While there has been significant progress in measuring impact in many sectors, the rule of law measures continues to lack the benefit of systematically collected and analysed information with which to measure the impact.  Even where we can measure tangible progress, it is difficult to attribute it to a particular entity’s assistance.

We need baseline data to understand the context, define the objectives and measure progress.  All rule-of-law initiatives should, in my view, be subjected to such analysis.  We are working hard to ensure that this happens.

I want to give you some examples. In Malawi, information from the UNDP-supported justice baseline study was used to shape the Government’s Democratic Governance Reform Strategy.  In Bosnia and Herzegovina, UNDP-led public surveys have played a role in the development of a National Transitional Justice Strategy.

Improved availability and quality of national rule of law data would assist us in evaluating the impact of our work.  Such data supports national policy-making and enables an informed public to hold governments accountable, very important in my view.  Data gathering should however clearly not be seen as an exercise in ranking countries.  It is rather a tool for governments to set their own priorities and, where needed, galvanize international support. National ownership is an important aspect of the work of the rule of law.

I urge Governments to make, or I encourage Governments, to make pledges to support these data collection efforts in conflict and post-conflict states.  Such pledges could build on those made at the General Assembly High-level Meeting on 24th of September which generated more than 400 pledges to strengthen the rule of law.  This is a very encouraging sign of the interest taken in this increasing new momentum on rule of law.

Better data will help us better plan and better prioritize, so that we can optimize resources, carry out more accurate assessments and mitigate risks.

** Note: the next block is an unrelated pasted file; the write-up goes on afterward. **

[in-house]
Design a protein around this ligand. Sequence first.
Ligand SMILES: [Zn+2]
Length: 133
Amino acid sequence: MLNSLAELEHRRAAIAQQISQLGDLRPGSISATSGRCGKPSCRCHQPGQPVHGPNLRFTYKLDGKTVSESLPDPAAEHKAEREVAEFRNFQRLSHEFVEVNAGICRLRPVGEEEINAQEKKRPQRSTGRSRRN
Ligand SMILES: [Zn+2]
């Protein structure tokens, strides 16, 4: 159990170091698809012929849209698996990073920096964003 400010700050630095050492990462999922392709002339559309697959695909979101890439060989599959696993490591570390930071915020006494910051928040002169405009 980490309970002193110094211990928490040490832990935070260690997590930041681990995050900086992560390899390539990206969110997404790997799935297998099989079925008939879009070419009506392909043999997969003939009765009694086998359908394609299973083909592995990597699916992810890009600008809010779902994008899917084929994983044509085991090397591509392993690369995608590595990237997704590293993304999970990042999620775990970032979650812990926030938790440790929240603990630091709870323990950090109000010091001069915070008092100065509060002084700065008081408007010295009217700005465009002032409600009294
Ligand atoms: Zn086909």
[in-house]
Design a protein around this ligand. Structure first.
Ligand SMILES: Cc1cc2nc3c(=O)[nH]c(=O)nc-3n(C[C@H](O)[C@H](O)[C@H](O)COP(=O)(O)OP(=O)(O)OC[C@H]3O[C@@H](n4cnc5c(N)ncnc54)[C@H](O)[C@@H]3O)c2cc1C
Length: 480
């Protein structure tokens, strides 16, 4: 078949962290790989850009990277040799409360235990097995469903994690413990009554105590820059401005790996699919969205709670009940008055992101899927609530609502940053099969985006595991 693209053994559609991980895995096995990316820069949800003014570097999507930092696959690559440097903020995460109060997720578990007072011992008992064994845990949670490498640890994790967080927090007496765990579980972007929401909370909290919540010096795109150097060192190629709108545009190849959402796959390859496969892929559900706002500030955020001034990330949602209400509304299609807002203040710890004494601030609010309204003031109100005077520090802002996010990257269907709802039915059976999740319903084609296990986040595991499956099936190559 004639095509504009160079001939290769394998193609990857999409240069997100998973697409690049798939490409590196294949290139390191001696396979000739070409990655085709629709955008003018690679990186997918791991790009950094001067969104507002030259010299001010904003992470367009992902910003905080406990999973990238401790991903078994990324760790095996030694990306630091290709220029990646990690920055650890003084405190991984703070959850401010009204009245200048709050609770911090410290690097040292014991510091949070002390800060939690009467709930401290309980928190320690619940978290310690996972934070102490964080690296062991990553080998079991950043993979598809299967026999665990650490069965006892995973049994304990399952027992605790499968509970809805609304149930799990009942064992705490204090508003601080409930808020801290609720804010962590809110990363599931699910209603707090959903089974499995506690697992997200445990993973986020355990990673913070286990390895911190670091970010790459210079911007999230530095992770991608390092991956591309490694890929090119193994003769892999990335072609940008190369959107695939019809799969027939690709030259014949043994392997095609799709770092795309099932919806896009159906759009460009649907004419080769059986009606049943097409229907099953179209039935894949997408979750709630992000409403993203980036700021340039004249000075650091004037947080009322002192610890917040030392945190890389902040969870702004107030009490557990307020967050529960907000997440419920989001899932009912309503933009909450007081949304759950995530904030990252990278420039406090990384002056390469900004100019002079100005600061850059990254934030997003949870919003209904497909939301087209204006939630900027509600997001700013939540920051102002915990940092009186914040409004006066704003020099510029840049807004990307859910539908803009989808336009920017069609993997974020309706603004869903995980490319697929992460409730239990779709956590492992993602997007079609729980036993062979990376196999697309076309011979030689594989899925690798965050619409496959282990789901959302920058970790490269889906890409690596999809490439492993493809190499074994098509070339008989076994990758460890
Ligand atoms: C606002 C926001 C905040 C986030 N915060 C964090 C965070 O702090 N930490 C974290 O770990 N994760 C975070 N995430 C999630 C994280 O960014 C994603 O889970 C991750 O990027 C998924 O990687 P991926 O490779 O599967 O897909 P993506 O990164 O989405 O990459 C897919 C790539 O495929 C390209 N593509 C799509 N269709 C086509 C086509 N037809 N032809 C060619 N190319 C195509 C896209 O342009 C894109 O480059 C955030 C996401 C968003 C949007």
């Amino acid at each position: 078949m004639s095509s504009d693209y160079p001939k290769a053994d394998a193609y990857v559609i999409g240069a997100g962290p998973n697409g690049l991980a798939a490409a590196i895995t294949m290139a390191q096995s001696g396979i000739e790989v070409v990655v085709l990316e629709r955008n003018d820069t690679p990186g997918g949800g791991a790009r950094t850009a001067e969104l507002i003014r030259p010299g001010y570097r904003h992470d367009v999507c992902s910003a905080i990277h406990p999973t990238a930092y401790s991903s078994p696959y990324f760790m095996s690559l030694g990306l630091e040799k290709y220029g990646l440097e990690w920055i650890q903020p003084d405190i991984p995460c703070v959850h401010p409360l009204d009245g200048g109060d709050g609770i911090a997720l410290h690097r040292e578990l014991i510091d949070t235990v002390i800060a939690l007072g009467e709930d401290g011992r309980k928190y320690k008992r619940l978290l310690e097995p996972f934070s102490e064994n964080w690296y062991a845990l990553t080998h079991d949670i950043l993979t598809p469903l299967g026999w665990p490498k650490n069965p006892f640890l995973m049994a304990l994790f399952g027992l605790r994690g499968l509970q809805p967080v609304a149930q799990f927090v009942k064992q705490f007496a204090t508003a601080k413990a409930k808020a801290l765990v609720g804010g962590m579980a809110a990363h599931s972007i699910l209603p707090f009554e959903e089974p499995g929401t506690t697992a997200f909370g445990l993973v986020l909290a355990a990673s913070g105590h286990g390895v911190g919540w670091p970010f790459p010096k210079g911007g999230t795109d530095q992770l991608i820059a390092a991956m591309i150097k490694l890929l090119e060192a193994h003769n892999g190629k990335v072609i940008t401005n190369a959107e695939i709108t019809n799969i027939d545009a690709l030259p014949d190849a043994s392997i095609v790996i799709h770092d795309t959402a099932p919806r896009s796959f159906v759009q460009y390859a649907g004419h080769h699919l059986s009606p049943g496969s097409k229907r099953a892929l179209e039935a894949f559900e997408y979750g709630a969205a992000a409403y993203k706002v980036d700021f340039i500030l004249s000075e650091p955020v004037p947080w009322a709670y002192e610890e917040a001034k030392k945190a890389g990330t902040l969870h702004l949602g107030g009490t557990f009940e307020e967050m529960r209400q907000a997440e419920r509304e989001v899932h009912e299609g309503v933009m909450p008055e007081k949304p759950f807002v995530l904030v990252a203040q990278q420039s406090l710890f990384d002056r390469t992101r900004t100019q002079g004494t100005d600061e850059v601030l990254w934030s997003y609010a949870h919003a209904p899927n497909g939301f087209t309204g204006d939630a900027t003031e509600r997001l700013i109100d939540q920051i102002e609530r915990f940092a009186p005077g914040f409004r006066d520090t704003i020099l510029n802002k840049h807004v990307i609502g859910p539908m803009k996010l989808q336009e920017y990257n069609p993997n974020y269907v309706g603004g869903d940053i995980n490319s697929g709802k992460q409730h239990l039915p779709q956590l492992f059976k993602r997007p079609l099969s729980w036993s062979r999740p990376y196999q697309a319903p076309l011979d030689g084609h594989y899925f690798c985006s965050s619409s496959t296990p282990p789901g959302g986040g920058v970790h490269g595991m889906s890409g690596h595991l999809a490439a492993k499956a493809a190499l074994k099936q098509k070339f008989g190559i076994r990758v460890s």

The United Nations has developed a number of tools to help States advance the rule of law.

Let me again give you some concrete examples. DPKO and the Office of the High Commissioner for Human Rights have developed the United Nations Rule of Law Indicators Project. This allows Governments to gather information on law enforcement, the justice and prison system and measures transformation also over time.  This tool is being used by the Governments of Haiti, Liberia and South Sudan.

Next year, UNDP will publish a “User’s Guide to Measuring Rule of Law, Justice and Security Programmes.”
As we continue to enhance our ability to measure the impact of the UN’s work, there is evidence that our common efforts are indeed delivering results.

Here in the Security Council I am gratified to note that in Côte d’Ivoire, the United Nations peacekeeping operation has supported the Ministry of Justice in reopening 17 courts and 22 prisons, a very concrete and substantial result. In Haiti, our Mission, MINUSTAH, has supported the start-up of 18 legal aid offices.  In Serbia, the Office of the UN High Commissioner for Refugees worked with the Government and local NGOs to help prevent marginalized individuals from becoming stateless, providing more than 20,000 Roma with official documents.  More than 250 persons have been indicted by the ad hoc International Criminal Tribunals for war crimes, crimes against humanity or genocide, and more than 120 convicted to date. 

These initiatives have shown results in helping to deliver justice and setting societies on course for lasting stability.

Mr. President, Excellencies, Ladies and Gentlemen,

In closing, let me reaffirm that there can be no peace without development, no development without peace, and neither without full respect for human rights and the rule of law.  The focus of the Security Council on the Rule of Law in conflict and post-conflict situations underlines and strengthens this important relationship.

I deeply, together with the Secretary-General, appreciate the Council’s in-depth consideration of the rule of law, and look forward to your continued engagement. 

Thank you, Mr. President.